Originally Designed as a replacement for the Douglas A-4 Skyhawk, the A-7 Corsair II was roughly based on the Chance Vought F-8 Crusader interceptor aircraft then in squadron use with the Navy. Despite the fact that it was based on a fighter, the A-7 was a pure ground attack / close air support aircraft, with the only air-to-air weapons for self-defense mode. With the airframe's first flight in September 1965, and the initial squadron use in late 1966, the A-7 was had one of the quickest development periods of any post-World War II aircraft. Soon after initial squadron use, the A-7 was flying over the skies of Vietnam. Early version suffered an underpowered engine, so subsequent versions featured up-rated engines. Then Secretary of Defense William McNamara touted combined airframes that could be used by more than one branch of the military, thus cutting operating and maintenance costs. With her stable mate the F-4 Phantom, the A-7 was one of the most successful cross-branch lives, serving with the USAF, USN, and USMC and Air National Guard. Typical of intra-branch needs, many of the later versions of the A-7 came as branches built upon a previous version (e.g., the USAF's A-7D was the Navy's A-7C version, with a more powerful engine, and the following A-7E saw the USN borrowing that more powerful engine of the A-7D and adding some additional USN-specific features. Notable facts on the Corsair II include that it was one of the first aircraft to use a HUD, or Heads Up Display, to display critical information to the pilot without him having to look down into the cockpit, and it was also one of the first to use a projected map display, tracking the aircraft across a map displayed in the cockpit.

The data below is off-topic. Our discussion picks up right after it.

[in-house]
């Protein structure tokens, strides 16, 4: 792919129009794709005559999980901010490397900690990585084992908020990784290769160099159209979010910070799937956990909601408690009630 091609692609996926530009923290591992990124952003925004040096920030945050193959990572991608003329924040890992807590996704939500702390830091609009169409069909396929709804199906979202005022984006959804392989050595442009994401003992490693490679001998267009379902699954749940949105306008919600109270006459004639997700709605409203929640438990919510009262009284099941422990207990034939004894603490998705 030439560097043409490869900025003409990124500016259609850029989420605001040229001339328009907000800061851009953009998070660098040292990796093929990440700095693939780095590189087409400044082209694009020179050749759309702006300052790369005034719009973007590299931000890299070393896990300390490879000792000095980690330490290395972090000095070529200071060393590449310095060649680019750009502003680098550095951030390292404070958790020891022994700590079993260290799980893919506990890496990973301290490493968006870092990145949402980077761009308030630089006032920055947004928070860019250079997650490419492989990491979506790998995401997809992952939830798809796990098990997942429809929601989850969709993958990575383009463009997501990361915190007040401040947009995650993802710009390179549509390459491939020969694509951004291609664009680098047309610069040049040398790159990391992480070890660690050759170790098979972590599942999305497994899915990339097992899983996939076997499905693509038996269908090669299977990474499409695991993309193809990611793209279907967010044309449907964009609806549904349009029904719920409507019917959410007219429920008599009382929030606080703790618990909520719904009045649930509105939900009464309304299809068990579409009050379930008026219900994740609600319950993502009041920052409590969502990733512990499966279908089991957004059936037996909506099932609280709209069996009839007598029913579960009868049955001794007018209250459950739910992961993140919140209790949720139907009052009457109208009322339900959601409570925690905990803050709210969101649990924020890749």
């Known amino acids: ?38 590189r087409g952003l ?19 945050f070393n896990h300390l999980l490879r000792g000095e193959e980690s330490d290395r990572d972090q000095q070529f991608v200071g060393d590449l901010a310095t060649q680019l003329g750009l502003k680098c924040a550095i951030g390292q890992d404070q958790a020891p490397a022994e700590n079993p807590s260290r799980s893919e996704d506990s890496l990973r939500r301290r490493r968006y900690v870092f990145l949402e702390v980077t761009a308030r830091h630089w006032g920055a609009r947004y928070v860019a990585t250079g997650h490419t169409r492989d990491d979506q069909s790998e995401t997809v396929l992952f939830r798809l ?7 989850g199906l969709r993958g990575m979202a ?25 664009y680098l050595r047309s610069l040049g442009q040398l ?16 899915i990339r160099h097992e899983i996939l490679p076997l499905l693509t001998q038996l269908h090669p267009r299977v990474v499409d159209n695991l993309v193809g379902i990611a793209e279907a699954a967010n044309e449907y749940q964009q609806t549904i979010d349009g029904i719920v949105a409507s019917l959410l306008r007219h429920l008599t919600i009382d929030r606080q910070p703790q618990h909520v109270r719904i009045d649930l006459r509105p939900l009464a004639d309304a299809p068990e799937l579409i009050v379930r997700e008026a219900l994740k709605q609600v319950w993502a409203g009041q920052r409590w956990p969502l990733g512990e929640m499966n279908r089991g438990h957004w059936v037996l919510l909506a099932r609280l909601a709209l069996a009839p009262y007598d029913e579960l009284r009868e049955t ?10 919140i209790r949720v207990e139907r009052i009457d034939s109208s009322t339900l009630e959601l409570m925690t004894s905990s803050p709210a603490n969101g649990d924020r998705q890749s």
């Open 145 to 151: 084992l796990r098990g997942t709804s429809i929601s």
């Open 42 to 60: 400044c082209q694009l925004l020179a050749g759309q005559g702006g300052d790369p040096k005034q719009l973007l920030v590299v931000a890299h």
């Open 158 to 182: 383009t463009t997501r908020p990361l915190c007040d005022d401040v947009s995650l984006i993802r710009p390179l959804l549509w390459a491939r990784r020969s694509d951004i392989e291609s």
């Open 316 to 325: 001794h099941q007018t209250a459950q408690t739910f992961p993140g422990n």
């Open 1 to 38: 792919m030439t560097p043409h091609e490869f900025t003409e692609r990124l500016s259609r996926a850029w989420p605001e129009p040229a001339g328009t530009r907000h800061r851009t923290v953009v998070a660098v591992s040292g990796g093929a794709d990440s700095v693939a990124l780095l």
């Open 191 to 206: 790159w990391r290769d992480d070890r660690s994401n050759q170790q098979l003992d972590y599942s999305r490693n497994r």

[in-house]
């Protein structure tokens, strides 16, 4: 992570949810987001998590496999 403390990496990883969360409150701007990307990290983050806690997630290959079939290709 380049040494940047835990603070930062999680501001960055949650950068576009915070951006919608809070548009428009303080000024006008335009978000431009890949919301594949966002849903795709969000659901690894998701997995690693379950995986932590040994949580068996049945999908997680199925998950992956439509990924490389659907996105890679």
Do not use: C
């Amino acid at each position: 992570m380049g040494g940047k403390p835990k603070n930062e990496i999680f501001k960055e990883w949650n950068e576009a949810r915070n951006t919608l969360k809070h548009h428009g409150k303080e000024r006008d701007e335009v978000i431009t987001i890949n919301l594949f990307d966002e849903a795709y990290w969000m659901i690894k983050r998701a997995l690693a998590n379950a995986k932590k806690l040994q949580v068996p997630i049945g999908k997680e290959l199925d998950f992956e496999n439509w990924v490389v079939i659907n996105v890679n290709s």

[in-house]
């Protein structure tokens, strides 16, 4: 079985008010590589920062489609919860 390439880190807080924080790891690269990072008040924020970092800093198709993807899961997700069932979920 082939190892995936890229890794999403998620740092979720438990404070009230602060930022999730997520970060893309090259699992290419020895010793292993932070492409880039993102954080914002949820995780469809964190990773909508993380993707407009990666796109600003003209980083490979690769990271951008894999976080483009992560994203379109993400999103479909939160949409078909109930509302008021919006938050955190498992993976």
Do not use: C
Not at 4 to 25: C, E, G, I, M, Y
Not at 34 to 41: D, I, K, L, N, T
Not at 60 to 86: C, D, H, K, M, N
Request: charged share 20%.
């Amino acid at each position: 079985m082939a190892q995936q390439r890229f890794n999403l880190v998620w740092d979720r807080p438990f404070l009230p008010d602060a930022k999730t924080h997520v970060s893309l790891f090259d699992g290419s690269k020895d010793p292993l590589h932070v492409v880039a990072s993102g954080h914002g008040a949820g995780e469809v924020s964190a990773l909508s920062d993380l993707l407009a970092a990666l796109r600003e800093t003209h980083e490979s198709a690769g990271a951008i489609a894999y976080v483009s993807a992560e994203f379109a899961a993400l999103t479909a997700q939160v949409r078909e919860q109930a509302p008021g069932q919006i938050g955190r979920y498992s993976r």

Span: 38' 9"
Length: 46' 2"
Height: 16'
Weight: 29,040 lbs loaded
Armament: 1 M61 Vulcan 20mm Gatling gun with 1,300 rounds, 2 AIM-9 Sidewinder missiles, plus up to 15,000 lbs ordnance on wings, including up to 30 500 lb Mk 82 bombs, Paveway laser guided bombs, AGM-65 Maverick or AGM-88 HARM missiles.
Engine: Allison / Rolls Royce TF41-A-400 15,000 lbs (no afterburner

Maximum speed: 698 mph
Cruising speed: 535 mph
Range: 715 miles (strike setup), or 2,861 (ferry setup)
Service Ceiling: 42,000 ft